France's Le Pen meets Putin in Moscow

There is no good reason for France to engage in a Cold War-style policy against Russia, National Front leader Marine Le Pen said in an exclusive interview with RT, adding that if elected French president, she would seek balanced relations both with Russia and the US.

Anti-EU Le Pen is among European politicians who have called for closer ties with Putin and approved of Moscow's annexation of Crimea from Ukraine in 2014, which saw the United States and European Union impose sanctions against Russian Federation.

"A new world has emerged in these past years".

And just as Russia publicly stated that they have no intention in influencing French elections, Le Pen's right-hand man Florian Philippot also gave his reassurance that the campaign will not be receiving another loan from a Russian bank.

"We're not trying in any way to influence events, but we reserve the right for ourselves to meet with representatives of all political forces of the country, as our partners do, for example in Europe and the U.S.", Putin said in televised comments prior to the closed-door meeting.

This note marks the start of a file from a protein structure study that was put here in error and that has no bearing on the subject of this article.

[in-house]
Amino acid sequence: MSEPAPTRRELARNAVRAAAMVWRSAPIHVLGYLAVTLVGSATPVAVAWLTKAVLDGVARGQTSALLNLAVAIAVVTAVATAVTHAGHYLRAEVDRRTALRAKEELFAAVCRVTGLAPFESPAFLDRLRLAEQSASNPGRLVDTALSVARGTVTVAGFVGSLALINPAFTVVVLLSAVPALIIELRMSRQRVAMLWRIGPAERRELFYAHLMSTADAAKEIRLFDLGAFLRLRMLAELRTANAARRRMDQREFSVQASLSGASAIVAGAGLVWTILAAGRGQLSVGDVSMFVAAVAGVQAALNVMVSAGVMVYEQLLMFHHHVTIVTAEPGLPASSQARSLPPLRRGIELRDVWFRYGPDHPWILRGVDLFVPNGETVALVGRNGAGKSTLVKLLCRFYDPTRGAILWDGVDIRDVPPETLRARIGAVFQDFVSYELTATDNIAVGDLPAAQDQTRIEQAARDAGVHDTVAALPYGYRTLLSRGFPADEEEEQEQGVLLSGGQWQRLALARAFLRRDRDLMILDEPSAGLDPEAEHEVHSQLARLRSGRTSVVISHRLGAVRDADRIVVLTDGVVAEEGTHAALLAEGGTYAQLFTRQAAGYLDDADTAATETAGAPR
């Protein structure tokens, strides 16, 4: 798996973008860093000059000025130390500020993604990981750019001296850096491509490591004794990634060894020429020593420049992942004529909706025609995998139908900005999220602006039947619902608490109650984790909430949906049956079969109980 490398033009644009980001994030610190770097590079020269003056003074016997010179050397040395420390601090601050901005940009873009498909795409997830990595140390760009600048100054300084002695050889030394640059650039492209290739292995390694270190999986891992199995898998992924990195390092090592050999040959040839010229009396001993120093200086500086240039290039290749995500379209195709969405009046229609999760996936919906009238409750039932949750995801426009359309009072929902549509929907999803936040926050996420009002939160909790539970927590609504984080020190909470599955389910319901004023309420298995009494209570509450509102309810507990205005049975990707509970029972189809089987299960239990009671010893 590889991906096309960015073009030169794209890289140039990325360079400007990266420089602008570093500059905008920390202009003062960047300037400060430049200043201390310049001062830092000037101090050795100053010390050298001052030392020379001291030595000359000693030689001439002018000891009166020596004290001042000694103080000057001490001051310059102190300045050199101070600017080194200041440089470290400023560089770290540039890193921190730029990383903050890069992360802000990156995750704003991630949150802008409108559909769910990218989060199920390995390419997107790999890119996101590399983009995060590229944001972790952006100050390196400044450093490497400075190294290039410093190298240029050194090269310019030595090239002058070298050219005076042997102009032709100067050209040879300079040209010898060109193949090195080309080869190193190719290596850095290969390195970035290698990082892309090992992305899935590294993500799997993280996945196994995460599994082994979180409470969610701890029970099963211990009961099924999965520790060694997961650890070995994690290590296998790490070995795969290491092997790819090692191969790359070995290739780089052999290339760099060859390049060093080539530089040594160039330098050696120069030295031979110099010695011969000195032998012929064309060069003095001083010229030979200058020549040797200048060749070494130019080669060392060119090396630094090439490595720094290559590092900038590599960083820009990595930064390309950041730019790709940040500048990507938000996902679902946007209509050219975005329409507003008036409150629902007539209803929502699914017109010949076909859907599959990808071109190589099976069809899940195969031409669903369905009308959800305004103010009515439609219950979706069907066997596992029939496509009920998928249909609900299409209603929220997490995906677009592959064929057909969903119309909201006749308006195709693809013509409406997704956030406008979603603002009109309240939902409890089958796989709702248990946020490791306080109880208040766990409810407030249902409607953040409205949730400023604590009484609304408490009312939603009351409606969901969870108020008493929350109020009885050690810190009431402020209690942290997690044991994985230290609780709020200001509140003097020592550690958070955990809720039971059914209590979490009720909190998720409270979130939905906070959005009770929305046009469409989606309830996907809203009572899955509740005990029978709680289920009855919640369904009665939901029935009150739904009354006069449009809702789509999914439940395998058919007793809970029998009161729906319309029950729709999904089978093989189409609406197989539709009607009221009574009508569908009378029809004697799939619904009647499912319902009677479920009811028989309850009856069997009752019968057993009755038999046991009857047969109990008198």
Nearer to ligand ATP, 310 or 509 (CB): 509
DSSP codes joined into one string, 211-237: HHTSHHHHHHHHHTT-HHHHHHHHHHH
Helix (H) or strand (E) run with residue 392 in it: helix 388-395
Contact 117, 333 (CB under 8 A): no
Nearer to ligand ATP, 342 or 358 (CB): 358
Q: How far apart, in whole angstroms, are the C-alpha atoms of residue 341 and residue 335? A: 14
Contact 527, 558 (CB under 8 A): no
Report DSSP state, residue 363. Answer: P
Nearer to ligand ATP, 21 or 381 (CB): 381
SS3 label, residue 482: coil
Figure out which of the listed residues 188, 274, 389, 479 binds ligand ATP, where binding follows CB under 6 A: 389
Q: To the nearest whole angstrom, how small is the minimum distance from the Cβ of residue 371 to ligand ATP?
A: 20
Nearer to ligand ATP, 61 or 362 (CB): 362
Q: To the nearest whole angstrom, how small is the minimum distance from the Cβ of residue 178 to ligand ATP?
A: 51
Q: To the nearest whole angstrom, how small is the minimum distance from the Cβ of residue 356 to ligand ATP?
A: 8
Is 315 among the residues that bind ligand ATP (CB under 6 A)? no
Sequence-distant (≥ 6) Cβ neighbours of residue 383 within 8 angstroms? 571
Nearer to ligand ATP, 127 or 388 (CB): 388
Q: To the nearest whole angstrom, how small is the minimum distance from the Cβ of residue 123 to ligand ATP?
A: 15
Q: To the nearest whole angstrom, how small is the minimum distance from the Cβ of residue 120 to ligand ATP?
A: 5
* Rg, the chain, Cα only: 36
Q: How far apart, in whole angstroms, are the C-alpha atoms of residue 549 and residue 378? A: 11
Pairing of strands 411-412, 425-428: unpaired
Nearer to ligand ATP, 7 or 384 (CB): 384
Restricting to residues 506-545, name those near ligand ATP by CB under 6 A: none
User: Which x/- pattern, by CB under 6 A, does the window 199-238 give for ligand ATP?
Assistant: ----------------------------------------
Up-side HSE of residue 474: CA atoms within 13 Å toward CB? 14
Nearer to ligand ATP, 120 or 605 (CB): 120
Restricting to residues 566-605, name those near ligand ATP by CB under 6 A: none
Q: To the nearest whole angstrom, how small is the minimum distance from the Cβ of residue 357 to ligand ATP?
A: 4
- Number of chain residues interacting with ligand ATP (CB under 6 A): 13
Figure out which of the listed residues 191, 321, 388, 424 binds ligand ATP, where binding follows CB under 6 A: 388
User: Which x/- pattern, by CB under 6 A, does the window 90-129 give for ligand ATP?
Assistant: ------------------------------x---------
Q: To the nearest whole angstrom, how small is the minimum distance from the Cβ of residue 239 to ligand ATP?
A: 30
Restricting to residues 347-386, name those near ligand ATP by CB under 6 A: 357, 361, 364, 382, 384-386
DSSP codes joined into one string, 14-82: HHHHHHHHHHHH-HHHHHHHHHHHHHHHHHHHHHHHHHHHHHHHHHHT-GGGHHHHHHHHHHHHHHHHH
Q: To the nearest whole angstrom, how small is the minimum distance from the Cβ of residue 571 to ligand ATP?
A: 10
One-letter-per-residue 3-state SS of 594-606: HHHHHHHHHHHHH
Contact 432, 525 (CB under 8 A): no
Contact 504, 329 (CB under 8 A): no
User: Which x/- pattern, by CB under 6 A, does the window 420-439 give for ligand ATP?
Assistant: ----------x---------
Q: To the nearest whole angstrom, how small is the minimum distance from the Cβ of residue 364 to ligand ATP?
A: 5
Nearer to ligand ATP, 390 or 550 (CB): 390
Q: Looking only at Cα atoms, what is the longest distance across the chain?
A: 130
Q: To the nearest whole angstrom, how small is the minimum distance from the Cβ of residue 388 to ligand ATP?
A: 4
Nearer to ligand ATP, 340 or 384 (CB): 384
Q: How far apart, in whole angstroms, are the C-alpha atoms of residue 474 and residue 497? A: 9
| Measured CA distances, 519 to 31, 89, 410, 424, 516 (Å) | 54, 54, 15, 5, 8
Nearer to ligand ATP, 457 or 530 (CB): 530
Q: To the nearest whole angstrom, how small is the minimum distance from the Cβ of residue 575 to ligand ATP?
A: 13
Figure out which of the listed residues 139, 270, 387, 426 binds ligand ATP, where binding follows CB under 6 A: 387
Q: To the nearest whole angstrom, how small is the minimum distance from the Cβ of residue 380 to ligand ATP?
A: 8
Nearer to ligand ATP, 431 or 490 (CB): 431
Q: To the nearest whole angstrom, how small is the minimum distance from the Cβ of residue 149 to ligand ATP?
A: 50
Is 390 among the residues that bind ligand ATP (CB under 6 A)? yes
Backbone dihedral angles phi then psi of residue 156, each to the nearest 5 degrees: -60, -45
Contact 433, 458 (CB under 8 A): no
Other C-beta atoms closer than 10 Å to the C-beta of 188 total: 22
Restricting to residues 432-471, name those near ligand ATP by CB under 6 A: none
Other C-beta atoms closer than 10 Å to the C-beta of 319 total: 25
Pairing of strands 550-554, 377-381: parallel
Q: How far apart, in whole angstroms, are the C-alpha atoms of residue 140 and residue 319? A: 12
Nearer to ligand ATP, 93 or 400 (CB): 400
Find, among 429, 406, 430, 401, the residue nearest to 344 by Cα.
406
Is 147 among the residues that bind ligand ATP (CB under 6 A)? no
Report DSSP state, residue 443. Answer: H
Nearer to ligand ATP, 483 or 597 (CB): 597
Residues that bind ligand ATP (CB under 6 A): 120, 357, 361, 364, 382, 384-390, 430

"I'll tell you about it (loans from abroad) as soon as everything is signed", she said.

Le Pen, at a meeting in Russia's lower house of parliament, called for closer French-Russian ties, and reiterated her take on European Union sanctions against Russia, deeming them "counterproductive".

Ms Le Pen has visited Russian Federation many times, although this was her first meeting with Mr Putin.

RT Francais, a Kremlin-funded news agency, reported on Friday that Russian Federation could help Le Pen to defend French people against terrorists and migrants.

As if to solidify her status as part of a global far right movement, Le Pen met with Putin on Friday.

The meeting was not announced this week when the Russian parliament confirmed that she would be visiting Moscow on Friday to meet with lawmakers.

Mr de Danne said the Berlin meeting and the Moscow meeting were different because "Macron-Merkel it's the declining establishment, Le Pen and Putin represent the freedom of the people, cooperation in a multi-polar world".

Dmitry Kiselyov, the anchor of the main weekly news program on Russian state TV, has echoed that theme, saying that the French judiciary was working "as swiftly as a guillotine during the bloody French Revolution" to undermine Fillon and Le Pen.

However, some 72 percent of French voters oppose a return to the franc, an Ifop poll published in Le Figaro newspaper showed.

  • Leroy Wright